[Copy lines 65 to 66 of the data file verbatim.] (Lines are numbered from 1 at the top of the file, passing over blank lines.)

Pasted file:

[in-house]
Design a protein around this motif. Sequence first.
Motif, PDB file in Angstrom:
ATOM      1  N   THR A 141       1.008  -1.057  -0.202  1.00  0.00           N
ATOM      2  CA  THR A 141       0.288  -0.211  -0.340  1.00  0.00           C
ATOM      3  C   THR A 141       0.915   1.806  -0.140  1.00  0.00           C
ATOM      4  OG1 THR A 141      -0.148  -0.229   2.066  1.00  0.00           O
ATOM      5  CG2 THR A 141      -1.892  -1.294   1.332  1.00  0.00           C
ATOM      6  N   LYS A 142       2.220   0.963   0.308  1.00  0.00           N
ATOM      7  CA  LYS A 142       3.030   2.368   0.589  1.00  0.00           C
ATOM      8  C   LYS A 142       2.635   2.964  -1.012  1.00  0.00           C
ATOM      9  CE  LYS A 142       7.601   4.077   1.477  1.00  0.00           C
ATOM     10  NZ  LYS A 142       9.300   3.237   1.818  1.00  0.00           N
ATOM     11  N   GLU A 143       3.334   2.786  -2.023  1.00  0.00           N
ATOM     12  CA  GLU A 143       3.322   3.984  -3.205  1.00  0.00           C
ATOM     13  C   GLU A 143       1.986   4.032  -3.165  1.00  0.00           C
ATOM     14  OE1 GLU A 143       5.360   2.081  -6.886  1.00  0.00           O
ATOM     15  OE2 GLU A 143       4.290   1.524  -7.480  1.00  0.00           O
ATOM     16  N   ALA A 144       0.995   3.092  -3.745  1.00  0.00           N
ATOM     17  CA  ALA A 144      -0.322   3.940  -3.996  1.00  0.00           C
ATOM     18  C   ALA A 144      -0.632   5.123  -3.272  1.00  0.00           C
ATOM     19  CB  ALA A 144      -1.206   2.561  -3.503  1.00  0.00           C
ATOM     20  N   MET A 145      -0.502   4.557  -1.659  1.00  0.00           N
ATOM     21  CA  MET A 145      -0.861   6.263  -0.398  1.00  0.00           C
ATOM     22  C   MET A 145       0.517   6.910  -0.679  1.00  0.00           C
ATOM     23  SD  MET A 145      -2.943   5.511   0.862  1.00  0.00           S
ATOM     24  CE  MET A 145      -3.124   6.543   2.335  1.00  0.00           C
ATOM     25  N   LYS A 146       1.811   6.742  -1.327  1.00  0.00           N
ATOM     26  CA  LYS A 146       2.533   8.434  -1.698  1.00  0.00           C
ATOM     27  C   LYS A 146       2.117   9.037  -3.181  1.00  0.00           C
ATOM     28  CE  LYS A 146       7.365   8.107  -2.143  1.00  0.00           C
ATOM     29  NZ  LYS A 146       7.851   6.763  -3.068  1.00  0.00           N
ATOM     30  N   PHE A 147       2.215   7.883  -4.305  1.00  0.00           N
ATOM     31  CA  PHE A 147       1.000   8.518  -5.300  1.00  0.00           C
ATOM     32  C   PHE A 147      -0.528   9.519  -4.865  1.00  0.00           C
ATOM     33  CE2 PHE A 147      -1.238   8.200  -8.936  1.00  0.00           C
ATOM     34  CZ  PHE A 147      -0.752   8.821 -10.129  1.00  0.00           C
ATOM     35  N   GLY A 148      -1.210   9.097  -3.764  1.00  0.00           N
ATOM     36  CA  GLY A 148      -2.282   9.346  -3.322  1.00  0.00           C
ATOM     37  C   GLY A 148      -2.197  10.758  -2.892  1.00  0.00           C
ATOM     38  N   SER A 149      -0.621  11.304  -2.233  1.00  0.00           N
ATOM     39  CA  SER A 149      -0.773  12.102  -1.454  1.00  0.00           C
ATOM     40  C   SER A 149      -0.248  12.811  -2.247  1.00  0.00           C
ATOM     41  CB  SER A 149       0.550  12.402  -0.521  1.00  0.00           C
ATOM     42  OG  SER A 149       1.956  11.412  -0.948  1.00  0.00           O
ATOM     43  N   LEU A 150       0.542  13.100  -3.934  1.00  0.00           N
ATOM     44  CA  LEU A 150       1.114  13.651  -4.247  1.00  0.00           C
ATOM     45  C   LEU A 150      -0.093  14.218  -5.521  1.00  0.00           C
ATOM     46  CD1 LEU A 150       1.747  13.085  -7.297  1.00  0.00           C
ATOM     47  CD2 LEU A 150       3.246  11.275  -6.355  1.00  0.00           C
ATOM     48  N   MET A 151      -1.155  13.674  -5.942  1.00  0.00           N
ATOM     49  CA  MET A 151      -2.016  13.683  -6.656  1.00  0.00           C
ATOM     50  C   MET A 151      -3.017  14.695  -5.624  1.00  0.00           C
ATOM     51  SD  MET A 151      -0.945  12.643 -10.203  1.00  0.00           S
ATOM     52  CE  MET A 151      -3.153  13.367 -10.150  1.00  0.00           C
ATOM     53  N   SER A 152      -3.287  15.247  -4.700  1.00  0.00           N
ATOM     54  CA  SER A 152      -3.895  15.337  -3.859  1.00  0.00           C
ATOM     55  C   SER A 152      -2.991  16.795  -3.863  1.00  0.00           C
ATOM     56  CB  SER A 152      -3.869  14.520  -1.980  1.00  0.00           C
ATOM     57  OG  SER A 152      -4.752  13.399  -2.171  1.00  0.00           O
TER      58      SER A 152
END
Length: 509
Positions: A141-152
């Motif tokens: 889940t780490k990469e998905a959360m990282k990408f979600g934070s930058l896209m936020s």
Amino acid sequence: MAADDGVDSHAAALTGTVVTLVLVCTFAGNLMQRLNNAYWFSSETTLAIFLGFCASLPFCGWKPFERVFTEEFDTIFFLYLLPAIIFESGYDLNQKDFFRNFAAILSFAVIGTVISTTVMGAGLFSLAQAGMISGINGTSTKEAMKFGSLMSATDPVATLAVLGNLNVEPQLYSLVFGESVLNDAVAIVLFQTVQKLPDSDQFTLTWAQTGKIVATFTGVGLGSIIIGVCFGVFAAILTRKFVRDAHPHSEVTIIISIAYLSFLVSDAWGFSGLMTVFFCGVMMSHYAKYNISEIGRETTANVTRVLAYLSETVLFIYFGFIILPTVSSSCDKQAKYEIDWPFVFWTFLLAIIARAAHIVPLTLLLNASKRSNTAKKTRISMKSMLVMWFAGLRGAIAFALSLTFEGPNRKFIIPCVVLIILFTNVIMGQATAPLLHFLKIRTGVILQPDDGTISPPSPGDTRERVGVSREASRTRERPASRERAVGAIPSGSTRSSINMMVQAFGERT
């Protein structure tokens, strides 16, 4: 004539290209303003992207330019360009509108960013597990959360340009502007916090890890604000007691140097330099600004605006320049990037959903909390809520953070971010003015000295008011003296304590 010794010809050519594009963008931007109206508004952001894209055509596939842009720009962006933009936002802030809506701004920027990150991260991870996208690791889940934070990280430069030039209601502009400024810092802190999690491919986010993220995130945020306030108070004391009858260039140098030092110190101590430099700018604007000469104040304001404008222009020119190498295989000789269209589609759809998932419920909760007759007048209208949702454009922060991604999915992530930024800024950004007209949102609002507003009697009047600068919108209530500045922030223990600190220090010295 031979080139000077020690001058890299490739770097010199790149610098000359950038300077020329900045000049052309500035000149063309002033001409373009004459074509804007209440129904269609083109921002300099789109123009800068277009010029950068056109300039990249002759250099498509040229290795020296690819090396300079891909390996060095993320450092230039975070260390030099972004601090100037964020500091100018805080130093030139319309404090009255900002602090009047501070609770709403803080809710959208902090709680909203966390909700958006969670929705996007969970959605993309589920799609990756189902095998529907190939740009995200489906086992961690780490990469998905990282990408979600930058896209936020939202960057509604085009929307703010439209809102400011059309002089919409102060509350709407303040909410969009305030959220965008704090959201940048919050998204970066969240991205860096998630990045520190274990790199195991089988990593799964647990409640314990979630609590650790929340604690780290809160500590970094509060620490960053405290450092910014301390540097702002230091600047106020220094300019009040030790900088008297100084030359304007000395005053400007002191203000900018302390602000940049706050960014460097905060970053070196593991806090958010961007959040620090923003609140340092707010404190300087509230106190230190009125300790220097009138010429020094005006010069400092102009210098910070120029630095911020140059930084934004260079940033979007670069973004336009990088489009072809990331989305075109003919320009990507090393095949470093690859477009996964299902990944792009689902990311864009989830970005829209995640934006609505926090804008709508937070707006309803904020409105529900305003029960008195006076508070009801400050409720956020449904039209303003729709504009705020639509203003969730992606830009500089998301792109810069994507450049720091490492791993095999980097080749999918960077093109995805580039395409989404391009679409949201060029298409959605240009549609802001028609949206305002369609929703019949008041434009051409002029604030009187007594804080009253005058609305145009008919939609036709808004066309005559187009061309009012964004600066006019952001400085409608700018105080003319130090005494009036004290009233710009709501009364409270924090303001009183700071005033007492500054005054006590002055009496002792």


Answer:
């Motif tokens: 889940t780490k990469e998905a959360m990282k990408f979600g934070s930058l896209m936020s």
Amino acid sequence: MAADDGVDSHAAALTGTVVTLVLVCTFAGNLMQRLNNAYWFSSETTLAIFLGFCASLPFCGWKPFERVFTEEFDTIFFLYLLPAIIFESGYDLNQKDFFRNFAAILSFAVIGTVISTTVMGAGLFSLAQAGMISGINGTSTKEAMKFGSLMSATDPVATLAVLGNLNVEPQLYSLVFGESVLNDAVAIVLFQTVQKLPDSDQFTLTWAQTGKIVATFTGVGLGSIIIGVCFGVFAAILTRKFVRDAHPHSEVTIIISIAYLSFLVSDAWGFSGLMTVFFCGVMMSHYAKYNISEIGRETTANVTRVLAYLSETVLFIYFGFIILPTVSSSCDKQAKYEIDWPFVFWTFLLAIIARAAHIVPLTLLLNASKRSNTAKKTRISMKSMLVMWFAGLRGAIAFALSLTFEGPNRKFIIPCVVLIILFTNVIMGQATAPLLHFLKIRTGVILQPDDGTISPPSPGDTRERVGVSREASRTRERPASRERAVGAIPSGSTRSSINMMVQAFGERT